As we reached the landing area of the main central stairs where the other corridors of the ‘E’ all met we noticed the corridors were now a little wider, and two sets of double-width fire doors separated us from the stairwell. Because the number of people who might have to use this area was larger the width of the escape route had been increased and double doors installed leading to a same-width stairs.
Through the two sets of fire doors at the top of the stairs we found an area marked as a refuge, with a help button, intercom and evacuation chair. Down the stairs, more emergency light-fittings, handrails on both sides and first and last stair treads coloured bright yellow to improve their visibility.
On the ground floor we found a small kitchen area with usual appliances – kettle, toaster, microwave, etc. There was an extinguisher and fire blanket on the wall and, as you’d expect, an emergency light and fire door with closer, but looking closely at the fire detector it was slightly different from all the others. This, I suggested, was probably a heat rather than smoke detector so that any well-done toast, or over-heated ready meal wouldn’t set off the alarm!
Next to the main entrance doors we spotted the fire-alarm control panel. It showed the building was divided into a number of fire-alarm zones, and a sign stated that it was connected to an external alarm-receiving centre. In a folder next to it there was a detailed plan of the building with all of the devices and features we had seen, and more, all clearly marked.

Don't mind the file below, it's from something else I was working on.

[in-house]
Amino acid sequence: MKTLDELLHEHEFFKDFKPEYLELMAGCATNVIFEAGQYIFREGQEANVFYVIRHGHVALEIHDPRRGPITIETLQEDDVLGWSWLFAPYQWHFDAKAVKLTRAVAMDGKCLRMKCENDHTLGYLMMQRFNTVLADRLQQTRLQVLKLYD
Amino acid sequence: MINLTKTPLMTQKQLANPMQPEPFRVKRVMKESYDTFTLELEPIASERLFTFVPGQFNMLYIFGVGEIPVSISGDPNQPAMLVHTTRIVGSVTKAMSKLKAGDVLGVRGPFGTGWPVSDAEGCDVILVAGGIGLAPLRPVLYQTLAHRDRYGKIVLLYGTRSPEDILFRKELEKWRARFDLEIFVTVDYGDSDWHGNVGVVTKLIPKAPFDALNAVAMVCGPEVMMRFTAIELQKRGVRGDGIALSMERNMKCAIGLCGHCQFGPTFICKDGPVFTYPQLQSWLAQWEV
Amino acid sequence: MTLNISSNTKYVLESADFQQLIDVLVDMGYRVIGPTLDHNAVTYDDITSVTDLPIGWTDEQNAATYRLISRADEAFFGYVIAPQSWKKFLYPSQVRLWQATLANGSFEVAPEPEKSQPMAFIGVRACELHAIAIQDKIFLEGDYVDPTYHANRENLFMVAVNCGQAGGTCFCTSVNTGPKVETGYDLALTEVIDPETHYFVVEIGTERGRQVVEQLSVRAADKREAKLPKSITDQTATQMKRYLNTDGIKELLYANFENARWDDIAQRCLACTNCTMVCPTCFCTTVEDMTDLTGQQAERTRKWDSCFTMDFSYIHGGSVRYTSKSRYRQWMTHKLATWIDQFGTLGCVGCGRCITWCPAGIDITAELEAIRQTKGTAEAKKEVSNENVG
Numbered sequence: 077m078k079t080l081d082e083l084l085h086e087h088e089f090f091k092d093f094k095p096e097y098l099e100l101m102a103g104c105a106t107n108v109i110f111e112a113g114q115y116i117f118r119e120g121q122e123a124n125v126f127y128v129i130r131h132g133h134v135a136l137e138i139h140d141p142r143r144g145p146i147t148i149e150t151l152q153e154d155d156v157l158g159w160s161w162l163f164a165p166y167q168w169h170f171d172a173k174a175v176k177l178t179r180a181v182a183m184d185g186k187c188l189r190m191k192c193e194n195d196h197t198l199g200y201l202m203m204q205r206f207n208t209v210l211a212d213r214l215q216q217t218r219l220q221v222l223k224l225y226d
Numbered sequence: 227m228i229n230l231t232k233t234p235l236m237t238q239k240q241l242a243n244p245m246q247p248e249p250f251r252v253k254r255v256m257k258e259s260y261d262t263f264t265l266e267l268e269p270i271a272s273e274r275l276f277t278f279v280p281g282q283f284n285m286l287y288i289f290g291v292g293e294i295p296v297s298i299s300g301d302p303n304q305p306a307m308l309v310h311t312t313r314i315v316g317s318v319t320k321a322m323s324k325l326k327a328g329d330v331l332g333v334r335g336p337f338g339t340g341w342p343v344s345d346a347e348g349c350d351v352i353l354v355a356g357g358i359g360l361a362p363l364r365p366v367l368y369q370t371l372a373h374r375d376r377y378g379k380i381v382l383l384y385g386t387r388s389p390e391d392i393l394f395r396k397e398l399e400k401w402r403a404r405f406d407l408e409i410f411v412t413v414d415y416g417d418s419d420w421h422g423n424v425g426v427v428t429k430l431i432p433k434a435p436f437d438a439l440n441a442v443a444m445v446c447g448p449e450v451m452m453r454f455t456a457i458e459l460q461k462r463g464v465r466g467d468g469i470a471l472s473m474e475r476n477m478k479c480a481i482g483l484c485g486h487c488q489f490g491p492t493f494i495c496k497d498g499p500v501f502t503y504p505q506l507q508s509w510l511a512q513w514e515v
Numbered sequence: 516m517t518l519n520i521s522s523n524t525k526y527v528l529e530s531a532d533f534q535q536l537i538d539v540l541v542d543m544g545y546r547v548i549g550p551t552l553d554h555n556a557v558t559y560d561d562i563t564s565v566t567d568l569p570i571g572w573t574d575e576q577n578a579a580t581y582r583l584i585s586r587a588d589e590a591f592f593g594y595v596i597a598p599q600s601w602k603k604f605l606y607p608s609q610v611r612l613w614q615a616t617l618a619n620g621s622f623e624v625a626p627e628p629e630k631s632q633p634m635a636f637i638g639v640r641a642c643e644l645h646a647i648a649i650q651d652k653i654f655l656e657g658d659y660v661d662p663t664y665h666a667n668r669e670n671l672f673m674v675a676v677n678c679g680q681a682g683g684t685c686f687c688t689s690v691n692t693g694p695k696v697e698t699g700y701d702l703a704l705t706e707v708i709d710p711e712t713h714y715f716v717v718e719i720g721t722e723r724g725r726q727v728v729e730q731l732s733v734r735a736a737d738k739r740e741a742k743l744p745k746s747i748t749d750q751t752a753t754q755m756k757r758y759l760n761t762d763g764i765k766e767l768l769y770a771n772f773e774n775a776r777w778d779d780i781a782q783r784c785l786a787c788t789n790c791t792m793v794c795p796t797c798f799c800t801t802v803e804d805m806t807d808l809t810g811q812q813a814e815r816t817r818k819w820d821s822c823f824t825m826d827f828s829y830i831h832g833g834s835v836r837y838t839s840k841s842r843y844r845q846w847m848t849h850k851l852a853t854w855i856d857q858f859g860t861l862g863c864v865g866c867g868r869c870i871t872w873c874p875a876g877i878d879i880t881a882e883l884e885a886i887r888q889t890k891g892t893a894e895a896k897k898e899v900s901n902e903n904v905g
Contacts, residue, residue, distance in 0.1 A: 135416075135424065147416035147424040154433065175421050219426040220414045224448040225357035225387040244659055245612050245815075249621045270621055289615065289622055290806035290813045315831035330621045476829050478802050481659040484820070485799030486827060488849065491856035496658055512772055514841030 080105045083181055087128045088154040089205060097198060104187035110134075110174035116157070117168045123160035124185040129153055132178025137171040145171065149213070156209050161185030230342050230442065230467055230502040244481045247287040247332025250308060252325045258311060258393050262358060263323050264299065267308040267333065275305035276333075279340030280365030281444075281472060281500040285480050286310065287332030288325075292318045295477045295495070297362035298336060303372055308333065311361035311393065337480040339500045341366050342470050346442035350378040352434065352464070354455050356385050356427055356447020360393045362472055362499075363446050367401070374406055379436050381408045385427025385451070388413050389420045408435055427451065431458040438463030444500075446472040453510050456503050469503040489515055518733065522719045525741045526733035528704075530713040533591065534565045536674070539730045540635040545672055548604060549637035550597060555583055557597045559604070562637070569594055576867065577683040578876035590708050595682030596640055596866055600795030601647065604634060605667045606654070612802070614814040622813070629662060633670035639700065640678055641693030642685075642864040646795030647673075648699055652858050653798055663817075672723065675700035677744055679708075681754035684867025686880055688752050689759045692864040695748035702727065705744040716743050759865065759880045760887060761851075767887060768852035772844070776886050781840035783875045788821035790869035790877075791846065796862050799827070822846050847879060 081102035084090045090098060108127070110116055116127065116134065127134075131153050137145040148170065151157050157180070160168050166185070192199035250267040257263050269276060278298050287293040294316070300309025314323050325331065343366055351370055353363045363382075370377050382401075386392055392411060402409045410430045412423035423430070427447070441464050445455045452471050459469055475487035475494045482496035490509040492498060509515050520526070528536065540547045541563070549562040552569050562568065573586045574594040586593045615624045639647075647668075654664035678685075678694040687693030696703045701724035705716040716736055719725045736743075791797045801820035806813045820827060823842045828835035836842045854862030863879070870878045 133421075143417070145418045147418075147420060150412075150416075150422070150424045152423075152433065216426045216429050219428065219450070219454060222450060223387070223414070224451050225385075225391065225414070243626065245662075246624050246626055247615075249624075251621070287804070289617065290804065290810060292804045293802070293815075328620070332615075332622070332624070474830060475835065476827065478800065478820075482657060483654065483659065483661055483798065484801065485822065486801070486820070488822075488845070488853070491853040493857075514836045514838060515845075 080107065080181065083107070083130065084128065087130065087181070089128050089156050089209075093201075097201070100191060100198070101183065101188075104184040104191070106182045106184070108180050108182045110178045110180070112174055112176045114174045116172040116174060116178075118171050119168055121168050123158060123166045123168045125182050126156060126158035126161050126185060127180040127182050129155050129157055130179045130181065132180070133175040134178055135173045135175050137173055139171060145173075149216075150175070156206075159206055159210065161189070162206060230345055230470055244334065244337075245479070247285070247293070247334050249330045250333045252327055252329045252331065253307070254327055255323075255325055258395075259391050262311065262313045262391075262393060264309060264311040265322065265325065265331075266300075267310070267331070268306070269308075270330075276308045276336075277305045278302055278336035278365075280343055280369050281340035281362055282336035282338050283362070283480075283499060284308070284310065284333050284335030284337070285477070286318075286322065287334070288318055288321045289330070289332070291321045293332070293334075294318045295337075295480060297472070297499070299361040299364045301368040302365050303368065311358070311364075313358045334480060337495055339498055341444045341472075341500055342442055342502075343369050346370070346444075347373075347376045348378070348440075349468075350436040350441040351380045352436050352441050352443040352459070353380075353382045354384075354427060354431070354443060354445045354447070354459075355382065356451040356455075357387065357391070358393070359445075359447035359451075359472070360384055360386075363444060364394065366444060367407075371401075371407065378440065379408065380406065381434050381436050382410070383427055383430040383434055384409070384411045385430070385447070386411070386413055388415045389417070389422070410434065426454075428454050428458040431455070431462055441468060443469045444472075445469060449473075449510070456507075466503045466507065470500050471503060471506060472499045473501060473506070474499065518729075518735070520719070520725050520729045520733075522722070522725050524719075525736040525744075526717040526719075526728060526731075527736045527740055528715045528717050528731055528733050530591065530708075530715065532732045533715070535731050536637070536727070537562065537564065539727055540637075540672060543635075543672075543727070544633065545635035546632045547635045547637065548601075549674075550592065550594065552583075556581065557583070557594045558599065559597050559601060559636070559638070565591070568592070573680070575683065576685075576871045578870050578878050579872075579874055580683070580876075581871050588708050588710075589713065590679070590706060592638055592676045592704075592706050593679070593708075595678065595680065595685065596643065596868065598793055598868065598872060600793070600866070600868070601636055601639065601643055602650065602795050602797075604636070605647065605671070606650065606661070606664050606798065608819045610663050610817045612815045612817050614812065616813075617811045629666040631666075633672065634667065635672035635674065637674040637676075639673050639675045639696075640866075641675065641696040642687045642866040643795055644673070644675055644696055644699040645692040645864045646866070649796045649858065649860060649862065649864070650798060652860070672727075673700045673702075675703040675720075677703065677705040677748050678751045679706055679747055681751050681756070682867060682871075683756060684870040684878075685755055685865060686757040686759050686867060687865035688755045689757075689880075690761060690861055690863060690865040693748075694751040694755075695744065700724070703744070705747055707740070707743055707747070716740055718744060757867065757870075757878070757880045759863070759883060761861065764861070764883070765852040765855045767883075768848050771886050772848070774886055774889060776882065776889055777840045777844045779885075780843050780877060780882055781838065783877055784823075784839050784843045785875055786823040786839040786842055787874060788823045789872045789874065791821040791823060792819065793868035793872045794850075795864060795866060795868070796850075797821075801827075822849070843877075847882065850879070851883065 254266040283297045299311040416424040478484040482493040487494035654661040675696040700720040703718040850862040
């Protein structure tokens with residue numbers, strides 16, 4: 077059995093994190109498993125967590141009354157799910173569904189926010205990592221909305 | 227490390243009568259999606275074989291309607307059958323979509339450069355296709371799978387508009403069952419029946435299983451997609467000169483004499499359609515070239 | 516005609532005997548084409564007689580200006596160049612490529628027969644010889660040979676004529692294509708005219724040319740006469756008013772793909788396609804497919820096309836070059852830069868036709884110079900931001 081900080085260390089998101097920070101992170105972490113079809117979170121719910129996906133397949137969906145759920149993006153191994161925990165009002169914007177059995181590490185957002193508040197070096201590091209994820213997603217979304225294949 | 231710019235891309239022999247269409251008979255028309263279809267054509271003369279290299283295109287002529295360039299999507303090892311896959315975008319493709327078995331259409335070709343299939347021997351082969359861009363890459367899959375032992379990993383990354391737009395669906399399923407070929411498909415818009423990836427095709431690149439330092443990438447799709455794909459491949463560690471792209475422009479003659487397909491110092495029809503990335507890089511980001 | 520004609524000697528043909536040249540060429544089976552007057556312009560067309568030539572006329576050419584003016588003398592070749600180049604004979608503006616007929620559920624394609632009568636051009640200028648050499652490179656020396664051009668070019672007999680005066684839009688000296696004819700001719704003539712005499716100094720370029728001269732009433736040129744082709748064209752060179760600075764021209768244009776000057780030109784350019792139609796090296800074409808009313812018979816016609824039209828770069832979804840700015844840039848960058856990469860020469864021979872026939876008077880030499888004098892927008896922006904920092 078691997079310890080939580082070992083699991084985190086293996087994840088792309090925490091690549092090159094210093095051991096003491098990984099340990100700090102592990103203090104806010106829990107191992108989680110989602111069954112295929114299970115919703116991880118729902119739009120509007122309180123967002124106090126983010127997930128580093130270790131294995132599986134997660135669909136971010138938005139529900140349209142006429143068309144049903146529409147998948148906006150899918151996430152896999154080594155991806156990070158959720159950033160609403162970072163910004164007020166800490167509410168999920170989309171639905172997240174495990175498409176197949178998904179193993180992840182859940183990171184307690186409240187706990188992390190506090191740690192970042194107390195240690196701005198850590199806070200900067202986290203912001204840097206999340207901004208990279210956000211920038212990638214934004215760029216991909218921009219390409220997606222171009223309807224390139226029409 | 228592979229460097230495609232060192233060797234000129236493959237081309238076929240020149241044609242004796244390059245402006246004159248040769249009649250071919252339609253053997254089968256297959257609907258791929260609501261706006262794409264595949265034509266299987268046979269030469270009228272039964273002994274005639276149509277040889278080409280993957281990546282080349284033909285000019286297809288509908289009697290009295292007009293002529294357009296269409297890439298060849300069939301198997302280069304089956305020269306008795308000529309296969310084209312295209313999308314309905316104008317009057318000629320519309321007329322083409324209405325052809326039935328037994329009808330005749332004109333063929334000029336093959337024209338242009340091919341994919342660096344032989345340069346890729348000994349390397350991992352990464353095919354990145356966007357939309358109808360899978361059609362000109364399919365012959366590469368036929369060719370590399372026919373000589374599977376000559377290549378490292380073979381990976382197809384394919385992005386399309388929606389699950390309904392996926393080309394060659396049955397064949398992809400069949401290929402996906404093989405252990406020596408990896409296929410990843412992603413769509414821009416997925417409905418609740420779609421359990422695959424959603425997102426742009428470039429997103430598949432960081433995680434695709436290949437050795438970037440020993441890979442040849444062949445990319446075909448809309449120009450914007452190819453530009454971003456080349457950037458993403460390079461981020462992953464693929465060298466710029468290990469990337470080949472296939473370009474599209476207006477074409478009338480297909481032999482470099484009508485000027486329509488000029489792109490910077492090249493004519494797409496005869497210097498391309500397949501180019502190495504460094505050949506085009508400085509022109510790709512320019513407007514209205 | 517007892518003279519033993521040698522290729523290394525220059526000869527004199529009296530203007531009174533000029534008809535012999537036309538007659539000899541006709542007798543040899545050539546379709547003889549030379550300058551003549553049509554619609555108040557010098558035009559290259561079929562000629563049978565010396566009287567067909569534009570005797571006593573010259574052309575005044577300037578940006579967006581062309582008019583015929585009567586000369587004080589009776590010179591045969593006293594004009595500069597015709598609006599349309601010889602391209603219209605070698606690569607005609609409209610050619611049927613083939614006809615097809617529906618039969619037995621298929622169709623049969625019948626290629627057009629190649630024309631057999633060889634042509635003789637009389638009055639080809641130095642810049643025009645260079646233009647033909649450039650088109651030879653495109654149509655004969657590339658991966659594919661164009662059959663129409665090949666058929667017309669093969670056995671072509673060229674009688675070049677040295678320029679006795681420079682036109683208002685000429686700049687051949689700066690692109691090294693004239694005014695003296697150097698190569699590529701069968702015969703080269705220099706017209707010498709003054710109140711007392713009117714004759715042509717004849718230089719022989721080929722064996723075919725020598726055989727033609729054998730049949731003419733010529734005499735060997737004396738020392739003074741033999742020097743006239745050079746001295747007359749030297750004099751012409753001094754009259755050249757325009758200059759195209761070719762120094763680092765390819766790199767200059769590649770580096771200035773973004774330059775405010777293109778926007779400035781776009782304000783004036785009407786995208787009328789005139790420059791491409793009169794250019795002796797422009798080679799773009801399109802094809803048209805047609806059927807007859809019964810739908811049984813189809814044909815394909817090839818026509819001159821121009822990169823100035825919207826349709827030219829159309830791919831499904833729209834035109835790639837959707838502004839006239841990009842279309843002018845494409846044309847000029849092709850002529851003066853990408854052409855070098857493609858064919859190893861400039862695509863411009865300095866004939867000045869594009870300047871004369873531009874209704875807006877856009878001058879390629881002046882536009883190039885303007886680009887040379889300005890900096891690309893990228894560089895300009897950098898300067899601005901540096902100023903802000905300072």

So, during our short ‘walk-about’ we had spotted more than 20 separate principles and features of means of escape and methods and systems available to give early warning in case of fire.
Where possible, I like to bring the syllabus to life like this and actually demonstrate the subjects required to be understood by Elements 4.2 and 4.3 of FC1. So take a break from studying and go walk-about in your workplace, the local shopping centre or the next hotel you stay in and the you’ll find you are, indeed, ‘surrounded by fire’!
Alan Springhall MSc, DipNEBOSH
Alan followed his grandfather’s advice and left school at 16, he then completed a traditional mechanical engineering apprenticeship. Alan has over 30 years experience of practical health and safety application in a range of manufacturing environments including: glass, plastic moulding and extrusion, aerospace, paper and solvent adhesive processing. Alan is now an accredited tutor for the NEBOSH Diploma and most of the certificate courses, he specialises in classroom delivery which allows him to share his practical experience and enthusiasm to bring the syllabus to life. He is also proud to have tutored, on three separate occasions, the best performing national diploma candidates and likes to think that he played a small part in the performance of these excellent candidates. Alan is a keen motorcyclist; it is his preferred mode of transport in all but snowy weather. In his spare time Alan likes to keep fit by circuit training and running marathons. he is also aiming for his first triathlon this year.